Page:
Funny thing, but City Council's new budget advisory committee doesn't seem the least bit concerned about finding money to compensate the Toronto Port Authority for its loss of a bridge to the Island Airport. Even David Soknacki, the Scarborough Conservative whom Mayor David Miller picked to be his budget chief, isn't overly worried that the harbourmasters might put undue pressure on the city's finances next year. And he was one of 18 politicians who voted against the mayor last week when the newly elected council withdrew its predecessor's approval of a fixed link between Bathurst and the controversial downtown landing strip.
But the debate that led to council dismantling plans for a 122-metre span of metal across the Western Gap was child's play compared to the challenge it faces preparing the city's 2004 operating budget.
"My goal is to see if we can have a vote on April 30 that brings three-quarters of council within the tent," Soknacki advises me.
It will be a monumental task, considering he and Miller have agreed that a 3 per cent property tax increase is all that can possibly be passed on to local homeowners next year. That hike will raise only a paltry $30 million for an administration that faces a shortfall of almost $350 million on projected operating expenditures well in excess of $6.5 billion.
On Monday, December 8, chief administrative officer Shirley Hoy met with councillors at Exhibition Place to give them an idea of the financial pressures the city faces in the year ahead. And the news was not good.
"Some people have provided staff with their lists of hopes, wishes, aspirations, dreams and so on," Soknacki says. "But nobody's really done any sort of reality check on them yet. Let's just say that what we have right now is a wish list, and not all those wishes are going to come to fruition in 2004."
For example, the police department is asking for $50 million more than the $640 million it got to enforce the law this year. That increase alone would mean a 5 per cent hike in property taxes next year. Tack on the TTC's request for $60 million more (another 6 per cent tax increase) and demands for more money from the library and health boards and it becomes all too clear that City Hall is in one hell of a financial bind. That is, unless Ottawa and the province come through with major infusions of cash.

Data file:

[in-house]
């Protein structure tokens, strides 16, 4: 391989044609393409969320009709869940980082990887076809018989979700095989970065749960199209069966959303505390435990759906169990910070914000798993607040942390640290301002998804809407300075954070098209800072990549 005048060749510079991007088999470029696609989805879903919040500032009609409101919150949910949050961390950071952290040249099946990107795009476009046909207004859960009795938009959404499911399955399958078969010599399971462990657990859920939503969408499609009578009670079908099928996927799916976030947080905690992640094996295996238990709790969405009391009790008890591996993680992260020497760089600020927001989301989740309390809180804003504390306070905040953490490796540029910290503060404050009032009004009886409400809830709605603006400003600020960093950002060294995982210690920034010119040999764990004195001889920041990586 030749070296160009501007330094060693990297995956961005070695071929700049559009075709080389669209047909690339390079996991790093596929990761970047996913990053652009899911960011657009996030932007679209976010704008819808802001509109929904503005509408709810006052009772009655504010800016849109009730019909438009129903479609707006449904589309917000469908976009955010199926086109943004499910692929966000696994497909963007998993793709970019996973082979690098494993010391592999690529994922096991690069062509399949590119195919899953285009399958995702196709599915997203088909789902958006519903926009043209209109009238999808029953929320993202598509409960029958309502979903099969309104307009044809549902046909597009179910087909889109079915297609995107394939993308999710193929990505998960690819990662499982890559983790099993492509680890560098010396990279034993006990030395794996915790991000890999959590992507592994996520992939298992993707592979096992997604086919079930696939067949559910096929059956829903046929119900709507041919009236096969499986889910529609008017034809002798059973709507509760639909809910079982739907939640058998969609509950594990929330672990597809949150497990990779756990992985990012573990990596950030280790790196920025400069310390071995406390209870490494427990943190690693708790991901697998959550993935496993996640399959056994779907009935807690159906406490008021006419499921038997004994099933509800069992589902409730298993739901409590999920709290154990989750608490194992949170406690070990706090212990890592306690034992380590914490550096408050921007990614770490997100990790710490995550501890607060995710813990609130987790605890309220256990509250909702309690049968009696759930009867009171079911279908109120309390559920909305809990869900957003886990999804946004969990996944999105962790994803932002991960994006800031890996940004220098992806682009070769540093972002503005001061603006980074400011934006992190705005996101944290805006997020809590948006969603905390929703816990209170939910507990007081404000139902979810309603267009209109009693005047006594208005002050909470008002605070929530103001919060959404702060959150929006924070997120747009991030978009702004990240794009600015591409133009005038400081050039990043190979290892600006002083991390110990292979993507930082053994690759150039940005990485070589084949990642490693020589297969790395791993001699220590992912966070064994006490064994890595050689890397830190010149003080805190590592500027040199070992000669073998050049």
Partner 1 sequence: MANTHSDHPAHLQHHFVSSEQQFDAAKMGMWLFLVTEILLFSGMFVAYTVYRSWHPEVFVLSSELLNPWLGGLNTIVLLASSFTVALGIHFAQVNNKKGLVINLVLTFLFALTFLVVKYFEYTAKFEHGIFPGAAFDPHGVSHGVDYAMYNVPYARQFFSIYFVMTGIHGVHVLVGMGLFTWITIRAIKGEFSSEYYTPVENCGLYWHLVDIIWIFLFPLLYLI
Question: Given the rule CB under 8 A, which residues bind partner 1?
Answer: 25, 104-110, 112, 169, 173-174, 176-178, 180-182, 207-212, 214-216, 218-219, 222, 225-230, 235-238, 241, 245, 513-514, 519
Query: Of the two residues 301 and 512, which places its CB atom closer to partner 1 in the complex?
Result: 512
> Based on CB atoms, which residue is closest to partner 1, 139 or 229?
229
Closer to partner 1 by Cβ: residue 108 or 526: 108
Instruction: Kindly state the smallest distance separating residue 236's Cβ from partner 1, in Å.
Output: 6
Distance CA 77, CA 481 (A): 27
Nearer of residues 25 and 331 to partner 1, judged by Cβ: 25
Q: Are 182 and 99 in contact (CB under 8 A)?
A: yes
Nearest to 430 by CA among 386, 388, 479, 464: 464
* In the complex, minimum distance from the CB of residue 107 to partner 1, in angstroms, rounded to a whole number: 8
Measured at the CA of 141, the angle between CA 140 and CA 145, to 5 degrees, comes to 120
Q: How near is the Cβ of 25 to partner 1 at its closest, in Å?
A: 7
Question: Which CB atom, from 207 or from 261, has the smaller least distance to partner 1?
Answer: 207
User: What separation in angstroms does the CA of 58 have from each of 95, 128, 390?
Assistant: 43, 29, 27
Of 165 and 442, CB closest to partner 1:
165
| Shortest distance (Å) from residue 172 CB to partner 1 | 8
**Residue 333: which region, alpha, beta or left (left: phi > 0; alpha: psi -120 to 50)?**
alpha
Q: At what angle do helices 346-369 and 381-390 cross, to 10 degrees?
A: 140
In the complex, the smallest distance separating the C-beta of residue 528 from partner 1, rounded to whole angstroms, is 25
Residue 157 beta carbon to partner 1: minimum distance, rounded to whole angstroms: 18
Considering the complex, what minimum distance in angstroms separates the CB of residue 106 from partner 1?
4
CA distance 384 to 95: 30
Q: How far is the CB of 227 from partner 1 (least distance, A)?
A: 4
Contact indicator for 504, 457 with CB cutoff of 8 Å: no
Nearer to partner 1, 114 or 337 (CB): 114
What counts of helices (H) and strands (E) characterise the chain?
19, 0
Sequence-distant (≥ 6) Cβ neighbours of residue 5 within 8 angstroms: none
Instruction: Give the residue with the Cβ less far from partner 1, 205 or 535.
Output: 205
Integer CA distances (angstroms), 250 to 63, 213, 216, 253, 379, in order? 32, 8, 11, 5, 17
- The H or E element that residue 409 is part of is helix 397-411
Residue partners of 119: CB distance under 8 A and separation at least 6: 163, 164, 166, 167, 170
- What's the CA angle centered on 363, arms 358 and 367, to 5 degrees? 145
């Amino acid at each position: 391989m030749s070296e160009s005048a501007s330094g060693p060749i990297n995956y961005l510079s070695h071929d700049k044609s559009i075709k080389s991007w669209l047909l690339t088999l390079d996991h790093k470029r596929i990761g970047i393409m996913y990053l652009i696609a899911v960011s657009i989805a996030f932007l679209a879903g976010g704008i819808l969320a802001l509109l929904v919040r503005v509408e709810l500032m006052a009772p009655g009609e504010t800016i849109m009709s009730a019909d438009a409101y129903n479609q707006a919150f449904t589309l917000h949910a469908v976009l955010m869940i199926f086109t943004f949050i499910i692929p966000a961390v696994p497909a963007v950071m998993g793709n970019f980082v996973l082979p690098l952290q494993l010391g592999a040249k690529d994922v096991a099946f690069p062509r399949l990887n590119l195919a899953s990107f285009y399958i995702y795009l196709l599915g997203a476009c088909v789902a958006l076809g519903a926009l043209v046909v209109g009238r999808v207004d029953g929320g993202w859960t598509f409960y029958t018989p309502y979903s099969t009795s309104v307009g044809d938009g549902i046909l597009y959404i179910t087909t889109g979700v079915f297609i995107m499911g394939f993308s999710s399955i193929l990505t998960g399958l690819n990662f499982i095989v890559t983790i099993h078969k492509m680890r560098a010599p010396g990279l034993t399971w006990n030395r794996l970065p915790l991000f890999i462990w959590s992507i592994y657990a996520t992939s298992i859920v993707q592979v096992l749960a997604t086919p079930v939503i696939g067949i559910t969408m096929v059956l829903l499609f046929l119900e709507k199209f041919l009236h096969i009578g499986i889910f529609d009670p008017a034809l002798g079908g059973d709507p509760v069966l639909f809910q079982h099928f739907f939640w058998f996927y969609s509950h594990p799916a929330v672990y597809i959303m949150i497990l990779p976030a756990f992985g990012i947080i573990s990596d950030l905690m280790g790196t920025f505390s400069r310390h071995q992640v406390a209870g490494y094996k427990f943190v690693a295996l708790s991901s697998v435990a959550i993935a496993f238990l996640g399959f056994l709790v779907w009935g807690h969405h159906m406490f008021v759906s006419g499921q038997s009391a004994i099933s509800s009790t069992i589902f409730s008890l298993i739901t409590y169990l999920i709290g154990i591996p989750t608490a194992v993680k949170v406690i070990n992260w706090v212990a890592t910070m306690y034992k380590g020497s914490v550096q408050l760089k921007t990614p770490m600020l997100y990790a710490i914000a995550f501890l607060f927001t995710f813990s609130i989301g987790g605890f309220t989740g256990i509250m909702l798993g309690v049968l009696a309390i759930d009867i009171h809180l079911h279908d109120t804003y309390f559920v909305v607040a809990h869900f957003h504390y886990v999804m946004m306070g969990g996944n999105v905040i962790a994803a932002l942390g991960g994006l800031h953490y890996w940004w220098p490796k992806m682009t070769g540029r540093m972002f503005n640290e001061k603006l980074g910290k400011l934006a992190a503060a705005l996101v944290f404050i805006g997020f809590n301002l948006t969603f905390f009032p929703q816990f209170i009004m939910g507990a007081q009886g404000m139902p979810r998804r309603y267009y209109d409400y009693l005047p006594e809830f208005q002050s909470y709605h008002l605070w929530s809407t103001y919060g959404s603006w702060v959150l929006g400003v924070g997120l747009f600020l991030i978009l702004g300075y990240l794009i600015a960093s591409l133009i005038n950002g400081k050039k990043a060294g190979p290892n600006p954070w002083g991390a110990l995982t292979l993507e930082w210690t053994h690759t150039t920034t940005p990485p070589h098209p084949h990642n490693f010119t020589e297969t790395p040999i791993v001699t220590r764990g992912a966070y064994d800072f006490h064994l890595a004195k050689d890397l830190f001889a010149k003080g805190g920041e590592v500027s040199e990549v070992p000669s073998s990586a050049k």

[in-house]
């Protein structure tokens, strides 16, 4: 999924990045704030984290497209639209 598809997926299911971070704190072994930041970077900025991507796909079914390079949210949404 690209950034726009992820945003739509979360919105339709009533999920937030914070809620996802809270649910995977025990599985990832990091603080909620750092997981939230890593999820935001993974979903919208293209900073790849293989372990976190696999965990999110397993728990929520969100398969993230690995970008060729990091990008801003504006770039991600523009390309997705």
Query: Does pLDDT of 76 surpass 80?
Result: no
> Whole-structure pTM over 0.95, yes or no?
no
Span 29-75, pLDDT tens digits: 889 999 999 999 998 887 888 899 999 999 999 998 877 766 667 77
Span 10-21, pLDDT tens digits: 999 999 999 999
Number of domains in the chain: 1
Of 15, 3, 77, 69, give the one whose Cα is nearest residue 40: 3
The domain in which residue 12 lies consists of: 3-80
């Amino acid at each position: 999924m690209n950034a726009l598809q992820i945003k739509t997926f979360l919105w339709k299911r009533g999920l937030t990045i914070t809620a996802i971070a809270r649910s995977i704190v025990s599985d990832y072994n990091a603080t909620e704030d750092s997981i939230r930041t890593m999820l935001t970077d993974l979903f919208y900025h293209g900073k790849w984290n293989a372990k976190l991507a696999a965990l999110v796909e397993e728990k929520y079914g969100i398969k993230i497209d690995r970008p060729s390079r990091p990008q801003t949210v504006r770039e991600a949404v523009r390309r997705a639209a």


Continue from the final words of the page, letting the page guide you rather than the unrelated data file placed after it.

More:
Miller is putting his trust in the senior levels of governments to provide Toronto with the financial aid it so desperately needs. "I have absolute confidence that they will come through," he said earlier this week. But is a bailout of more than $300 million a reasonable expectation, considering the Liberals at Queen's Park inherited a $5.6 billion deficit from the previous Tory government and the federal Grits are going through a change of leadership?
"We'll have to address that challenge when we face it," the mayor says before conceding that the 2004 operating budget will be "far and away the toughest" he's confronted during almost a decade in municipal politics.
"It's not just a case of pulling the finger of the province," Miller adds. "We have a structural fiscal problem. You can't maintain a government of our size solely on property tax and user fee revenues."
That said, the mayor makes no bones about the fact that Soknacki and his committee will be looking for ways to save money when it starts a series of preliminary meetings tomorrow.
"We have to find efficiencies," Miller says. "There's no question that city services have to be run efficiently."
With that in mind, the city will embark on a series of town hall meetings early in the new year to get a sense of the public's priorities before the official budget preparation process is launched in late January.
"We want to bring the people in at the beginning instead of the end," the mayor says.
It will be interesting to see how the budget committee deals with all this input in light of the fact that its membership cuts right across the political spectrum. Soknacki's two vice-chairs are NDP councillor Joe Mihevc and Jane Pitfield, a middle-of-the-road conservative with considerable budget committee experience on two previous councils.
This threesome is joined by downtown lefty Kyle Rae, right-wing Etobicoan Peter Milczyn and centrist newcomers Shelley Carroll of North York and Sylvia Watson, the former city solicitor, from High Park.
"In previous budget committees you almost felt a little bit of a sadistic delight in raking different departments over the coals," Mihevc observes. "It was anti-government government."
But he senses that adversarial approach is now in the past. And, like the mayor, he's confident the province will come through to keep the city up and running for another year until a new funding arrangement can be worked out based on the city getting a portion of the gasoline tax and other cost-sharing programs.
"There's a little bit of magic that's got to happen this year," Mihevc suggests.
That would suit Kyle Rae just fine.
"I've heard that this year is going to be awful," he says. "But I've heard that every year since I was elected in 1991, so I'm not going to jump on the 'woe is me' bandwagon."
Hopefully, Rae will still be talking tough four months from now.